Getting Started with Digital Transformation Using ArcGIS: A Guide for Small and Rural Water Utilities
Maps have always been essential to understanding and improving the delivery of safe, clean drinking water and reliable sewer and stormwater services. An early example you may be familiar with is the 1854 cholera outbreak in London. Then, Dr. John Snow used maps to trace the cholera source to the Broad Street pump, which enabled authorities to take the contaminated well out of service and stop the outbreak. Today, water utilities continue to use maps to meet a wide variety of challenges related to issues such as regulatory compliance, water quality, aging infrastructure, and the loss of staff members' expertise upon retirement.
Today, with modern advances in technology, such as improved internet connectivity and more powerful mobile devices, digital mapping can be readily deployed at a utility and improve the efficiency of workflows across an organization. Despite the availability of all this technology, some small and rural water utilities continue to rely on paper maps and/or long out-of-date digital maps. This reliance makes it more difficult to overcome common industry challenges and costlier to operate, thus the need for digital transformation. The benefits of digital transformation are well-known—such as reducing operations costs, achieving more with less, making smarter asset management decisions, attaining better regulatory compliance, and having more satisfied customers.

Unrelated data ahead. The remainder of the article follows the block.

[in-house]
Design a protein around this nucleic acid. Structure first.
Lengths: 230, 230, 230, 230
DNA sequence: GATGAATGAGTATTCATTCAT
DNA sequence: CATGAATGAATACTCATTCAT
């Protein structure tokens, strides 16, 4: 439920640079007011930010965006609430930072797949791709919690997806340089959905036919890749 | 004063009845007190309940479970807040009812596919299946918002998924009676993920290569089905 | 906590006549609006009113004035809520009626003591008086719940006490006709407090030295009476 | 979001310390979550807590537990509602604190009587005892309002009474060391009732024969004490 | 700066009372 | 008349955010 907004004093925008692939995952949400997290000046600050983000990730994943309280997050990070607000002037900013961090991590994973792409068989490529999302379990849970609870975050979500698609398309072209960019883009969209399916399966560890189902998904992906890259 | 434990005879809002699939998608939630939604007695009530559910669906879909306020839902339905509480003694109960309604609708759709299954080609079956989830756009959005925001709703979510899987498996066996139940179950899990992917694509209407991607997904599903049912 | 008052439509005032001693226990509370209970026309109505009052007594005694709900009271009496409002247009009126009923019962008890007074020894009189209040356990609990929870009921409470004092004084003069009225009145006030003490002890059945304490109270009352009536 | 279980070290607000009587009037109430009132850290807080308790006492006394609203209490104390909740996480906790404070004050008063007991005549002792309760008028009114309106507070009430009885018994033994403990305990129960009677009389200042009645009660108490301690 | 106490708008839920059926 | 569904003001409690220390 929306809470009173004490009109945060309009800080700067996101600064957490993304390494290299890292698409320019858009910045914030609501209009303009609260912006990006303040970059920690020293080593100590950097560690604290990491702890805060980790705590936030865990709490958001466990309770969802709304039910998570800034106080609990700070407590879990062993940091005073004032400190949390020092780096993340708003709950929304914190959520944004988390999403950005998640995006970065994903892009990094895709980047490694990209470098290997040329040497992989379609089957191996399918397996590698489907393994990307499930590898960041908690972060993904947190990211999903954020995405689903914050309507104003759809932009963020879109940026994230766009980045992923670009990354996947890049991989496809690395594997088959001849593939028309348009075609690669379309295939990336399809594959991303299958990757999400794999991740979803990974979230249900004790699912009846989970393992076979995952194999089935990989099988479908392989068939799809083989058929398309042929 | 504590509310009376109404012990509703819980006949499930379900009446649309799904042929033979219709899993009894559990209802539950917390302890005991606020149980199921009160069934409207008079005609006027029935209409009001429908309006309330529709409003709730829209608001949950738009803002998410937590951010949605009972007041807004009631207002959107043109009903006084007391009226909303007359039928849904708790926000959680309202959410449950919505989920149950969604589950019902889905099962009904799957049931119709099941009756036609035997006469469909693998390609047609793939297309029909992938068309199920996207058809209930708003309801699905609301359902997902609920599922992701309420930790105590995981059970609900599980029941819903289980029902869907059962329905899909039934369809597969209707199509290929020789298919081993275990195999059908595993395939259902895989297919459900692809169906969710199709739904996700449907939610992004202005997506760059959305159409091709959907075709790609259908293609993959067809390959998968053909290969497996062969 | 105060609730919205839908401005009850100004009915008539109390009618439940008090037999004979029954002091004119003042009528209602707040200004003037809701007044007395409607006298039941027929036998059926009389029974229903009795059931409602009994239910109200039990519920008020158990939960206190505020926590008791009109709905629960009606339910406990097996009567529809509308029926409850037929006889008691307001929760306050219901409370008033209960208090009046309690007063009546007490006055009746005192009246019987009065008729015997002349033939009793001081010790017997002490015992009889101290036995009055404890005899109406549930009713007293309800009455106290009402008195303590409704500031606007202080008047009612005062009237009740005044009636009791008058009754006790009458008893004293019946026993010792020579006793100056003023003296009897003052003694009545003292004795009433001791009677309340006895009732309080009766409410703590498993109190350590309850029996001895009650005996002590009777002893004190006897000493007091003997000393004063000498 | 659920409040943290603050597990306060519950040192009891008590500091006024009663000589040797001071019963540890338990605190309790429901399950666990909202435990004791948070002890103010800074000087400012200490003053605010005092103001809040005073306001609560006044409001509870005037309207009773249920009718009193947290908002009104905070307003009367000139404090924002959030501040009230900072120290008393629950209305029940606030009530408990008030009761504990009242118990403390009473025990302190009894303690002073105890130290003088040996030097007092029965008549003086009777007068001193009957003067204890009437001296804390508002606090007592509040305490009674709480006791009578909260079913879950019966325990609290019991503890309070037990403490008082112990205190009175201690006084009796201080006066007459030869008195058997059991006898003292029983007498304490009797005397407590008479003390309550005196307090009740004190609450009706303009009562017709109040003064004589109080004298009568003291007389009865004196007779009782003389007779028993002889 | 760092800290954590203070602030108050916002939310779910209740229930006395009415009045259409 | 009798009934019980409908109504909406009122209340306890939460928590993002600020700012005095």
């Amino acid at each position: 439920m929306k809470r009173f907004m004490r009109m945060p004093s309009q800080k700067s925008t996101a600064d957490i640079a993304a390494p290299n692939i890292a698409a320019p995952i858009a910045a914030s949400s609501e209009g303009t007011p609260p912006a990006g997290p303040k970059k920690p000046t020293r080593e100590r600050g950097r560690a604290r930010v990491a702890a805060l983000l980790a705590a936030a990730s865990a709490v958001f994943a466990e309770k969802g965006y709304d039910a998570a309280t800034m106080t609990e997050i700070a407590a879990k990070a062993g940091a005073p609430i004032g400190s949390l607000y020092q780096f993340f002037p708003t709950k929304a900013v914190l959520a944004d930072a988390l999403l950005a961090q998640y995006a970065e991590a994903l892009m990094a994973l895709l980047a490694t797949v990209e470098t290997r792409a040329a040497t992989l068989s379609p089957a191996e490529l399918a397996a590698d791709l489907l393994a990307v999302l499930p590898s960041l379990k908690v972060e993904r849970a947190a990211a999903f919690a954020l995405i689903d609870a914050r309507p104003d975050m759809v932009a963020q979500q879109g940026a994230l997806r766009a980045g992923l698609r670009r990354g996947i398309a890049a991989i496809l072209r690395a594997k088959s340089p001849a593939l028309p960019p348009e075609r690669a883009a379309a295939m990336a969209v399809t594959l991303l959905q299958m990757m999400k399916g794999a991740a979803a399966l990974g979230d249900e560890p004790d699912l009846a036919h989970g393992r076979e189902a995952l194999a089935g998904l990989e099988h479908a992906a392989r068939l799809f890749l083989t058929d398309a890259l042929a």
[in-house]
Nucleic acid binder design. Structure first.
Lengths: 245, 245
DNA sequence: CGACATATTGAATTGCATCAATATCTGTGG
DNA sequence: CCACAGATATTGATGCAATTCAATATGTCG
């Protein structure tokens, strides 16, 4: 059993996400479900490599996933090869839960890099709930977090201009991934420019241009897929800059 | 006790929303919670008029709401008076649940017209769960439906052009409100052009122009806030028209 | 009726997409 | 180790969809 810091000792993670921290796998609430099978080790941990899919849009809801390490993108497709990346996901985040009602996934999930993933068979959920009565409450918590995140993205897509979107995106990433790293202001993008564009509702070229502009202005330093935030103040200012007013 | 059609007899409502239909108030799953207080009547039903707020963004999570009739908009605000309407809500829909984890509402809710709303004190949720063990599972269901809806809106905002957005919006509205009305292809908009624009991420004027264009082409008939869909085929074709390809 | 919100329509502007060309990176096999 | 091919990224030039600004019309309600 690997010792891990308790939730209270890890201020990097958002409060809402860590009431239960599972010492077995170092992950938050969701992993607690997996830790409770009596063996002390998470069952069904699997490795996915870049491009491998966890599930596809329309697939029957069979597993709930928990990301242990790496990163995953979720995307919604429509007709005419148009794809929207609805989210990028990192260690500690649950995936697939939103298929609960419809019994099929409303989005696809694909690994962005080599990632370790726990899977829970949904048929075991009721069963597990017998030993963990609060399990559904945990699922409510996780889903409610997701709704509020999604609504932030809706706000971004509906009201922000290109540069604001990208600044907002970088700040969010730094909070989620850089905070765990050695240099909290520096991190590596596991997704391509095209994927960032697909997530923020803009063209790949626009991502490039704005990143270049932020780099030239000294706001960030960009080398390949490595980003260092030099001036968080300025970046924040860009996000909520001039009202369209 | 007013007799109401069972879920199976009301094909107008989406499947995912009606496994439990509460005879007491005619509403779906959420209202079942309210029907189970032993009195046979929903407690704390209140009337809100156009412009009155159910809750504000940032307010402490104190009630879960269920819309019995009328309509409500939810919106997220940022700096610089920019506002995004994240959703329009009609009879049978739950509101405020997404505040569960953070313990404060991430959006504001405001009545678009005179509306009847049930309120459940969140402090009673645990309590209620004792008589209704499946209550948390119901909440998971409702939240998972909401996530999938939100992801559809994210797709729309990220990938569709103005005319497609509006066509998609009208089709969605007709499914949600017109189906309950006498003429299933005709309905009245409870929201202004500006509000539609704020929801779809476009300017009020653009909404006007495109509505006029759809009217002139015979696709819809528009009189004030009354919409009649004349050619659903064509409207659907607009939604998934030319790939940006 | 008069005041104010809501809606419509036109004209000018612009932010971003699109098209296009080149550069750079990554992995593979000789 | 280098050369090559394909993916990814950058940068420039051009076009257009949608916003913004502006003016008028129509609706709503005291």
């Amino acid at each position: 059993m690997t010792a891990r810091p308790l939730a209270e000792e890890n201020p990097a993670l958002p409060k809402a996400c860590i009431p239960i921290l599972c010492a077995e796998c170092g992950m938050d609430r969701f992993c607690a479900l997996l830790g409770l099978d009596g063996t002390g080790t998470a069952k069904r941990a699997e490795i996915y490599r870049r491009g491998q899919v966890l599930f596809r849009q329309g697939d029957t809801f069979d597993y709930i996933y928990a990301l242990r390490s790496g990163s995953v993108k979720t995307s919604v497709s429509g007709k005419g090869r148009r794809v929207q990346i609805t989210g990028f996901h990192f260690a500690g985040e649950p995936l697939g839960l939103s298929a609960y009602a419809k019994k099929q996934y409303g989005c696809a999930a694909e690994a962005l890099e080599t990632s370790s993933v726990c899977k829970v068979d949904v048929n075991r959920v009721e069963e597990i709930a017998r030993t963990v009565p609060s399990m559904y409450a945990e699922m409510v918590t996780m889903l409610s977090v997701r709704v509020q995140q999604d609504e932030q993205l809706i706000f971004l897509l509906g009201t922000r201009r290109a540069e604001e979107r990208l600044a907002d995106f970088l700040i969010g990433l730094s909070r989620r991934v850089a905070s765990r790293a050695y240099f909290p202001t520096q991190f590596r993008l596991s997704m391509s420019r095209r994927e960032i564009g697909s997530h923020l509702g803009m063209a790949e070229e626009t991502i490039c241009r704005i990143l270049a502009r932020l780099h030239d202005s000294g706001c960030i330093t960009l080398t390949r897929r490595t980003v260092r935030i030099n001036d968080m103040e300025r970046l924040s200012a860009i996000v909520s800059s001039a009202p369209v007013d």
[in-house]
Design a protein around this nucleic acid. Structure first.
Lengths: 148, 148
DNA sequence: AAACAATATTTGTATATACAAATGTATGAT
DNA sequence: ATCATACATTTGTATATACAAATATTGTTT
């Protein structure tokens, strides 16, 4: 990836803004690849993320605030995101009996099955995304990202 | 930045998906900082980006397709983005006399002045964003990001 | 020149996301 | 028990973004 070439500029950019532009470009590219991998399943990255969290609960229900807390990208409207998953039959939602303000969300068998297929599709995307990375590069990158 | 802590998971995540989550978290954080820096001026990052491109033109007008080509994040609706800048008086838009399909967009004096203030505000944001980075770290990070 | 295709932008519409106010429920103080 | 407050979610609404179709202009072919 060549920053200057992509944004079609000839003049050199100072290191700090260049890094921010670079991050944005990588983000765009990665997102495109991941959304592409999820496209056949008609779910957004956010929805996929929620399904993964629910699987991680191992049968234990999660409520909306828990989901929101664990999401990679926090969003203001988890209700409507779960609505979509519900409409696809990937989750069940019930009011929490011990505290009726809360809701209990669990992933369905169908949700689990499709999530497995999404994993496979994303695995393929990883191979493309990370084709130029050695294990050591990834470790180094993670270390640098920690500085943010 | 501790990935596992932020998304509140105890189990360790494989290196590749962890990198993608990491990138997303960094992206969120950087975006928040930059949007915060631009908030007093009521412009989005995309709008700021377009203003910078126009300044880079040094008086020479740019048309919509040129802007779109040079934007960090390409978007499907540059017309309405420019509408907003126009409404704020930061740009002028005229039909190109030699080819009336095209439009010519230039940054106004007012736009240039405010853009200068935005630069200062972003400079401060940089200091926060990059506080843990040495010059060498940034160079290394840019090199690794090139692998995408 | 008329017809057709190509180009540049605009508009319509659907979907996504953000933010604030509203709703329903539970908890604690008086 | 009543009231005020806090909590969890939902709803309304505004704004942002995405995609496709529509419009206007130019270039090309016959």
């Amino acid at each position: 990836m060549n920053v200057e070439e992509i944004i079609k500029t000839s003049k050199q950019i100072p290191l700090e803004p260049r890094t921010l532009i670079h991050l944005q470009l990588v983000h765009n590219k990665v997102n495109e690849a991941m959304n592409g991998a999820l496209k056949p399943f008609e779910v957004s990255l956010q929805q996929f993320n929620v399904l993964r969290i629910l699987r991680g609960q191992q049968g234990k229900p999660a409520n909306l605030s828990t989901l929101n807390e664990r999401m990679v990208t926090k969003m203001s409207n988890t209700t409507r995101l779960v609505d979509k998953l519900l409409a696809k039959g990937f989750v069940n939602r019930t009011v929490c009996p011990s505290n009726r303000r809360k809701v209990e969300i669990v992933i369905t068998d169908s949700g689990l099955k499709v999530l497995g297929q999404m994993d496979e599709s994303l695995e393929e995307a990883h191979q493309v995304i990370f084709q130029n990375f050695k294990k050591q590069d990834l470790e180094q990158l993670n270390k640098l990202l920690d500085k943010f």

Through this document, you will learn the following:
- How digital transformation benefits water utilities
- How to set up an ArcGIS Online mapping portal to store and share asset information
- How to quickly stage a water utility centric GIS at your organization
- How to add staff as users and assign appropriate privileges so that they can contribute to asset data and collaborate through maps and applications
- How GIS can be effectively utilized to resolve common business challenges
This guide will help you create the following through a GIS framework: a system of record for storing and managing assets; a system of engagement for enabling access to asset information on any device at any time; and a system of insight for analyzing information and making smarter, more informed decisions about asset management. To learn more, download the technical paper.
Download the technical paper
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